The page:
Harry Potter has become a cultural icon over the past two decades, and nowadays there is everything from Harry Potter bars and clothing lines through to wand shaped makeup brushes and theme parks dedicated to The Boy Who Lived.
What, I fear, is being lost among all this obsessive marketing, is the sheer simple joy the novels bought to children and the adults who paid for and read them on their behalf. I myself was only a small one when the books were becoming popular, and I used to love being read them so much I memorised whole chapters. There was always someone you could relate to, whether you liked reading, were forgetful or were scared and confused, or all of the above.
The focus on friendship was strong but not in your face, and Rowling has a way of writing novels which are both deeply relatable for young people and completely unpatronising. There was a nice message at the end of every novel, and, perhaps uniquely, the novels grew with their audience. As we reached our teens and started to crave more gore and grown up messages, Harry and his friends delved into ever more dangerous situations. Harry Potter and the Prisoner of Azkaban was the turning point for me; when I read that novel I found that these had ceased to be kid’s books and had morphed into real literature.
This was another great aspect of the series; it’s combination of wizardry, classical tropes and latin phraseology made the novels intellectually stimulating in a way that many children’s series can only aspire to be. Young readers were galvanised into voracious appetites thanks to the Harry Potter novels (I for one was driven to seek out ever more complex books to read or have read to me).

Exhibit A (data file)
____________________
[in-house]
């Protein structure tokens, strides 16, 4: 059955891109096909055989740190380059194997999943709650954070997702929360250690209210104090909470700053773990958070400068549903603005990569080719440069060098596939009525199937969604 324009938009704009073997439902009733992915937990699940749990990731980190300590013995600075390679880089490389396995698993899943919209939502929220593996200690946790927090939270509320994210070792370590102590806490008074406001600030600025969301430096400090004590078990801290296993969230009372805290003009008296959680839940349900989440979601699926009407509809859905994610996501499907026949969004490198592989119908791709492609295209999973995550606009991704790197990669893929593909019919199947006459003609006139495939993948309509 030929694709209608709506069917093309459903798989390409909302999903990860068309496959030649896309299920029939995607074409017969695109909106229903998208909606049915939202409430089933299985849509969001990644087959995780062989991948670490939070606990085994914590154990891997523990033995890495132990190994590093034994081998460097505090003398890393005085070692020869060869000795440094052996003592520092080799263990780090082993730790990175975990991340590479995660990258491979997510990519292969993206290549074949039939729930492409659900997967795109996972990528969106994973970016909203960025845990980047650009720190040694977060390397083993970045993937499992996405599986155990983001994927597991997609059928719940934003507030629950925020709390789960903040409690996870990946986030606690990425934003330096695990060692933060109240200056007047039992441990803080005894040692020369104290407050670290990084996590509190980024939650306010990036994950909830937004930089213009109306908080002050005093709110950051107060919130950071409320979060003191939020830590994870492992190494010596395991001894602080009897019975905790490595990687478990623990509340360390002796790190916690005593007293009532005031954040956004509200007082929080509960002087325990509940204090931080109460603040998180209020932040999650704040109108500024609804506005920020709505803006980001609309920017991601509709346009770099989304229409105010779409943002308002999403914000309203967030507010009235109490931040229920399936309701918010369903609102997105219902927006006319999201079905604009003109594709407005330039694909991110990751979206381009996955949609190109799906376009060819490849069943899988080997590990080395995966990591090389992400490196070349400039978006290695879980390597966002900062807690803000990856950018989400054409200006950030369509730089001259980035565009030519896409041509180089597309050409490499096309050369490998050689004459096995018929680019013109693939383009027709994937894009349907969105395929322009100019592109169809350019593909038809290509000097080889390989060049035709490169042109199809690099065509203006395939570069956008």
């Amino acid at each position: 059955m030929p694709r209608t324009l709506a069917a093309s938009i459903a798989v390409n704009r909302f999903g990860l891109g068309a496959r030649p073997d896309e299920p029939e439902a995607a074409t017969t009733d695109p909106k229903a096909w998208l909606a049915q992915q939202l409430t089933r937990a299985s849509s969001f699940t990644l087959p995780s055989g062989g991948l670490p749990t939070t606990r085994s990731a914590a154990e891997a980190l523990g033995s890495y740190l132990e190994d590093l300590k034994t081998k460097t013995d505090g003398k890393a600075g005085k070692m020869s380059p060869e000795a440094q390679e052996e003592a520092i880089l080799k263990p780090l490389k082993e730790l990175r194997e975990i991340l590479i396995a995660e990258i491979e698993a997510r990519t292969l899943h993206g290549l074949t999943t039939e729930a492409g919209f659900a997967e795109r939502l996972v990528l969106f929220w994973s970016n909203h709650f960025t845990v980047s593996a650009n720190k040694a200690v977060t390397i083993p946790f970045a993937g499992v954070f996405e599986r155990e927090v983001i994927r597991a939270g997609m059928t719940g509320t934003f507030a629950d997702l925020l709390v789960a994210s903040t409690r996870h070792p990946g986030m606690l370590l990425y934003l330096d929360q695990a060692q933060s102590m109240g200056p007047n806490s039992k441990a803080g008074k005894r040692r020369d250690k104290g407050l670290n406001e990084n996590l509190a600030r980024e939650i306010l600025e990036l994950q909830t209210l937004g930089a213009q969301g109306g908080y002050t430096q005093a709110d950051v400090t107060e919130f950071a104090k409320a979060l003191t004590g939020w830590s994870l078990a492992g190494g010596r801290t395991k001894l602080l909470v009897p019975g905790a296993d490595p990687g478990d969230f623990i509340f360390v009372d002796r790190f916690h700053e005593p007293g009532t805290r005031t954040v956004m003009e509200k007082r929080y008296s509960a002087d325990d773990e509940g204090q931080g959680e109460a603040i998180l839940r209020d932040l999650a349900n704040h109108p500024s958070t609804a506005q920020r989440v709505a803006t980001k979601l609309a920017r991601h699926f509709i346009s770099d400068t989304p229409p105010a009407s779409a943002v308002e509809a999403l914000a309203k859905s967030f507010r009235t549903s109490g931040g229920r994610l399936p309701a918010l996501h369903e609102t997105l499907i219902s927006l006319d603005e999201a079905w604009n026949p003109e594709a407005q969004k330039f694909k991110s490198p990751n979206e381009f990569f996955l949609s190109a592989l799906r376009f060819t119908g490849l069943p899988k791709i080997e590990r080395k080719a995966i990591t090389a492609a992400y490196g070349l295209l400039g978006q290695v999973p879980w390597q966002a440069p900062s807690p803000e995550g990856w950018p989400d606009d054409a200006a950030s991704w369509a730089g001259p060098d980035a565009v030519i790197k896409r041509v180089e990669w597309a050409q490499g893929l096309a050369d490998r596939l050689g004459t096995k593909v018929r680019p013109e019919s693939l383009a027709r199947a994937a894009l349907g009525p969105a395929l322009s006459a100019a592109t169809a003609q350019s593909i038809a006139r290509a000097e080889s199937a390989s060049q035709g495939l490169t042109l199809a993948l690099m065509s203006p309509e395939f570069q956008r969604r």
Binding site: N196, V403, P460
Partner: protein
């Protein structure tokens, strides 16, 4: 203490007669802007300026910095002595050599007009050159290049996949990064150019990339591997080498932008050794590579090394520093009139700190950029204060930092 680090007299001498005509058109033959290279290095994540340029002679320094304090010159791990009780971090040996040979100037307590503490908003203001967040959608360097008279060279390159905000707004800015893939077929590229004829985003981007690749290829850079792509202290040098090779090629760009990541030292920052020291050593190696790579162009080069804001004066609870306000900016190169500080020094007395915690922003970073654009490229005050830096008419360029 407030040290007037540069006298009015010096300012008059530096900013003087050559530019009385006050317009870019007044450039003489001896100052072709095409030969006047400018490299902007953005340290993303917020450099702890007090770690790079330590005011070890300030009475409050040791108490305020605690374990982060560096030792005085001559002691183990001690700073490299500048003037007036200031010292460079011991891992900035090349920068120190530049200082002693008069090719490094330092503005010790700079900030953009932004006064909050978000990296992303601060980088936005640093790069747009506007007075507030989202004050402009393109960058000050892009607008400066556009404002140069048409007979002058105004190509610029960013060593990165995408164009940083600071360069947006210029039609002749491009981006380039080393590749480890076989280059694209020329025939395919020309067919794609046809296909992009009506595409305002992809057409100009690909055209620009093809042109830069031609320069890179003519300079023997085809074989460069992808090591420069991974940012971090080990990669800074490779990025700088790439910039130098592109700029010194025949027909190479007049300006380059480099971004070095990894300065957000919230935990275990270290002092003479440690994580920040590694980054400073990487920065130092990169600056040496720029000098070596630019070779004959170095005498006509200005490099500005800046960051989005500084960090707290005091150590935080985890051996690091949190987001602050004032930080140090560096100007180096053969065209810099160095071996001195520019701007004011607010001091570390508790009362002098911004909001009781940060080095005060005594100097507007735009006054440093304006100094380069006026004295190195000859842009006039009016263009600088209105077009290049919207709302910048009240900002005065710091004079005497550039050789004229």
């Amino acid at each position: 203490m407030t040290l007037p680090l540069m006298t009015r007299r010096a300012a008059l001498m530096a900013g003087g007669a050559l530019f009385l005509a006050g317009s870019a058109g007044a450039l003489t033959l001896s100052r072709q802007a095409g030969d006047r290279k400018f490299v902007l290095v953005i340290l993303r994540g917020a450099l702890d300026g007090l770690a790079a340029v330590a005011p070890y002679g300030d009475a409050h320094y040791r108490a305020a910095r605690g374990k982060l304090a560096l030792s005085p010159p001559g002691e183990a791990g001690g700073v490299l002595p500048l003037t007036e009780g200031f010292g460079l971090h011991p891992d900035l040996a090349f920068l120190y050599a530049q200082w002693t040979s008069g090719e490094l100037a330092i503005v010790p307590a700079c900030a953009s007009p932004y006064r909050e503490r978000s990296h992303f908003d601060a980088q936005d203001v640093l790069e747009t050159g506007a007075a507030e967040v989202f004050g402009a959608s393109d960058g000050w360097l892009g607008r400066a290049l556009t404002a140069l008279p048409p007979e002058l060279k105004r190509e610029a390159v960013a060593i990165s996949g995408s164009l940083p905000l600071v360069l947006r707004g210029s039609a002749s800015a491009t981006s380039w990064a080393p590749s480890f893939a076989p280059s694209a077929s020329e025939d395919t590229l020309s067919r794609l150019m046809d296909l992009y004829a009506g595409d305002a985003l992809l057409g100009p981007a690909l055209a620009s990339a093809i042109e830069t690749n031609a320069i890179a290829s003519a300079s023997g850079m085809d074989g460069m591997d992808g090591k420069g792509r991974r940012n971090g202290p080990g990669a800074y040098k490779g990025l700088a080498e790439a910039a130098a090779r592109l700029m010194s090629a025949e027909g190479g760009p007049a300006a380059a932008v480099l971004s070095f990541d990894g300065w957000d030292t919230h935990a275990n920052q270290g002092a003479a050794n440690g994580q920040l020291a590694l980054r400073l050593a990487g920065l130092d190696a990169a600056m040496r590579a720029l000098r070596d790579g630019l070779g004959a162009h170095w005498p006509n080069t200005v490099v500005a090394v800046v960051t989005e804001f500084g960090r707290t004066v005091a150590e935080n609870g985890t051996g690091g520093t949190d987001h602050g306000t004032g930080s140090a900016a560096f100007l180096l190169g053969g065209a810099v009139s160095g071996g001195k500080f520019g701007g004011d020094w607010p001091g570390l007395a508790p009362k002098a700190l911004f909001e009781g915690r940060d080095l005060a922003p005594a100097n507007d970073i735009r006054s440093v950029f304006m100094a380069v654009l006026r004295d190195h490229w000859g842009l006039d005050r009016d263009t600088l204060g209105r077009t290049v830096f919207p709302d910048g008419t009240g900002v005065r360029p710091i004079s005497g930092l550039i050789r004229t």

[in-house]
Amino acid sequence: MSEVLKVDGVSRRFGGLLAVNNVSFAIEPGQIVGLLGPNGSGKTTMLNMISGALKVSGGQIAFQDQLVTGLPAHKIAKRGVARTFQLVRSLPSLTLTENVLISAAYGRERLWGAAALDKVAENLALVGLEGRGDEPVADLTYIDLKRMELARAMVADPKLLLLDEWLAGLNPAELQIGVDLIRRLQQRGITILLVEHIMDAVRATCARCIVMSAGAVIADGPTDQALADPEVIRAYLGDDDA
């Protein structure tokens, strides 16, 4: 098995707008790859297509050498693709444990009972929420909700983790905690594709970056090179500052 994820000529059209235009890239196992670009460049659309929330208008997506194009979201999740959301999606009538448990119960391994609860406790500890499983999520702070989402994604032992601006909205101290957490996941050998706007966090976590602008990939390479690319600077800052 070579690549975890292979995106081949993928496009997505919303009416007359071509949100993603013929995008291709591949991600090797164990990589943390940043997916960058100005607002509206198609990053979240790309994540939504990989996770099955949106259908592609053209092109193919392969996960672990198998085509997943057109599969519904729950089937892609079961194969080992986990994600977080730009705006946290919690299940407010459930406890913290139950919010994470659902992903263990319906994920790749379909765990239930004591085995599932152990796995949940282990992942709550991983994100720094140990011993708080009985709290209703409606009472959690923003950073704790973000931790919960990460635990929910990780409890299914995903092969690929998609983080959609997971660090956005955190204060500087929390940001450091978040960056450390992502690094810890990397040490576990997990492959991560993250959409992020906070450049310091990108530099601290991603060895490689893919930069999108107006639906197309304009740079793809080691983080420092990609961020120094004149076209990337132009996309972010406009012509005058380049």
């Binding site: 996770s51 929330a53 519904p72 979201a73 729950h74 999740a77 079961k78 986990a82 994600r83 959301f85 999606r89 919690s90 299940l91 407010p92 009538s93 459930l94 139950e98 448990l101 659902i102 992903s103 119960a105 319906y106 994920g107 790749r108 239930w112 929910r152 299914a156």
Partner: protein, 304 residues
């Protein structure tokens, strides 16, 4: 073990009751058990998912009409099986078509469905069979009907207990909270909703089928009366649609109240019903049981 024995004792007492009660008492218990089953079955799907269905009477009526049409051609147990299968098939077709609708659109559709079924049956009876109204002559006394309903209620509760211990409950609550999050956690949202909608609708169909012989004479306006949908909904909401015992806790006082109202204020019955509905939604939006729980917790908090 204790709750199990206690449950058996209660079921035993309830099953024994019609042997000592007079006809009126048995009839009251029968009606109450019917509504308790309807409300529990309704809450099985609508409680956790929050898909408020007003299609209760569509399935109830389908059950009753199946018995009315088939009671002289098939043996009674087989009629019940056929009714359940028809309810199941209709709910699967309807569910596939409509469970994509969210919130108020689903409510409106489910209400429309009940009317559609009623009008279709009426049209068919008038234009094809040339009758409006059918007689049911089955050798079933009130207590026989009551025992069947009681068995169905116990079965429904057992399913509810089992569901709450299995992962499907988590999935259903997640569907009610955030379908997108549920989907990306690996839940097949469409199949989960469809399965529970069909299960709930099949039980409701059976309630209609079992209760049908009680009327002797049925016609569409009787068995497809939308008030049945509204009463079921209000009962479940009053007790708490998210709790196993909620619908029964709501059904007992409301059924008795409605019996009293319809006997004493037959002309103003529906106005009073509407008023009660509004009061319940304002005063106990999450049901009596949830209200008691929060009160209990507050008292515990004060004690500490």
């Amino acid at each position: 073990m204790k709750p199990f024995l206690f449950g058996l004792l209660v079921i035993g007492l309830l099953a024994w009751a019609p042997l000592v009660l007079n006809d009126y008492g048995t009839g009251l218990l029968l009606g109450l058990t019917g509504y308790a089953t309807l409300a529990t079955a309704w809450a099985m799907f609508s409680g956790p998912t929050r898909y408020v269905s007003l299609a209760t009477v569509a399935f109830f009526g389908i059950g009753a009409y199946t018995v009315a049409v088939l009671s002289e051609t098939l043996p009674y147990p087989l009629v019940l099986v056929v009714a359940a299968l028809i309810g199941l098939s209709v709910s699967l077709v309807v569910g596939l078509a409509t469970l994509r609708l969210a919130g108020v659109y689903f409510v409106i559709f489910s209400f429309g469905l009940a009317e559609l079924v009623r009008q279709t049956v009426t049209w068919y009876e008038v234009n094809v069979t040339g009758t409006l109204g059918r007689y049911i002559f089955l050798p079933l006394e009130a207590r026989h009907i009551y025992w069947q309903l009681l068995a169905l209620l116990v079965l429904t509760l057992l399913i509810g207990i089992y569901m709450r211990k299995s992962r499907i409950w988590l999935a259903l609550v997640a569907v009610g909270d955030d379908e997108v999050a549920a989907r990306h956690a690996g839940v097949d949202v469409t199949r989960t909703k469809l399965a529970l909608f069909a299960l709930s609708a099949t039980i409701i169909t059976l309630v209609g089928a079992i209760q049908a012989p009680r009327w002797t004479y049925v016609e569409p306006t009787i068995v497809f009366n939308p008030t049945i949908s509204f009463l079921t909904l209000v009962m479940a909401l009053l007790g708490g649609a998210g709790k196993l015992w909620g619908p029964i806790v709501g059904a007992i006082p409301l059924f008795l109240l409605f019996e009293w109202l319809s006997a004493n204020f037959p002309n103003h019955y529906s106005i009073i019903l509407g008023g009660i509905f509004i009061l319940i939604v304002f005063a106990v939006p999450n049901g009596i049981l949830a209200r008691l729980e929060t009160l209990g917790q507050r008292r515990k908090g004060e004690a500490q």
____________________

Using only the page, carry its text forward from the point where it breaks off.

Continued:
It was when the novels were made into films that people started to obsess; I was not a big fan fiction reader for many years, but now I can see that with the visual representation of the books fanaticism started to become mainstream, and Harry Potter is one of the few obsessions which is actually cool these days. The films became cult viewing and the merchandise that they spawned is now almost endless. You can buy literally anything Harry Potter related, from baked goods right through to condoms and toilet seats (for the utterly obsessed). However, I do feel that we are now missing the point. Many people who have never indulged in the sheer joy of receiving the latest novel for Christmas or a birthday and having to graciously sit around and small talk with the gift giver before sneaking off at the moment it is polite to do so to devour three chapters, racing through to find their favourite character, can never count themselves as a true fan and will never understand the childlike joy these books evoke without the merchandising and the product placement that followed in the wake of their success.
I am also dubious about the constant addition of new information provided via author J.K Rowling’s fan site, Pottermore, as well as various reissuing of the books which add new revelations. Recently we found out the Professor Sprout and Professor Flitwick had a fling, as well as the revaluation a few years ago that Dumbledore is supposedly gay. Whilst I do not entirely agree with Roland Barthes’s notion that the author is dead once their work has been published, and that their opinions and thoughts on the work are entirely irrelevant, I find this constant meddling in the world of Harry Potter to simply be a ploy to incite continued fascination, which will eventually impede on reader’s enjoyment. There is something to be said for simply reading or re-reading the novels and finding enjoyment and revisiting happy memories, and I do not think that corrupting them with pointless pieces of information which do nothing except slightly alter our perceptions of the novels is worthwhile.
Overall, now that the books are a cult phenomenon, there is something to be said for going back and just re-reading them. Ignore the Harry Potter bedspreads and the Golden Snitch fidget spinners; behind the bullshit there are some truly lovely messages to be found.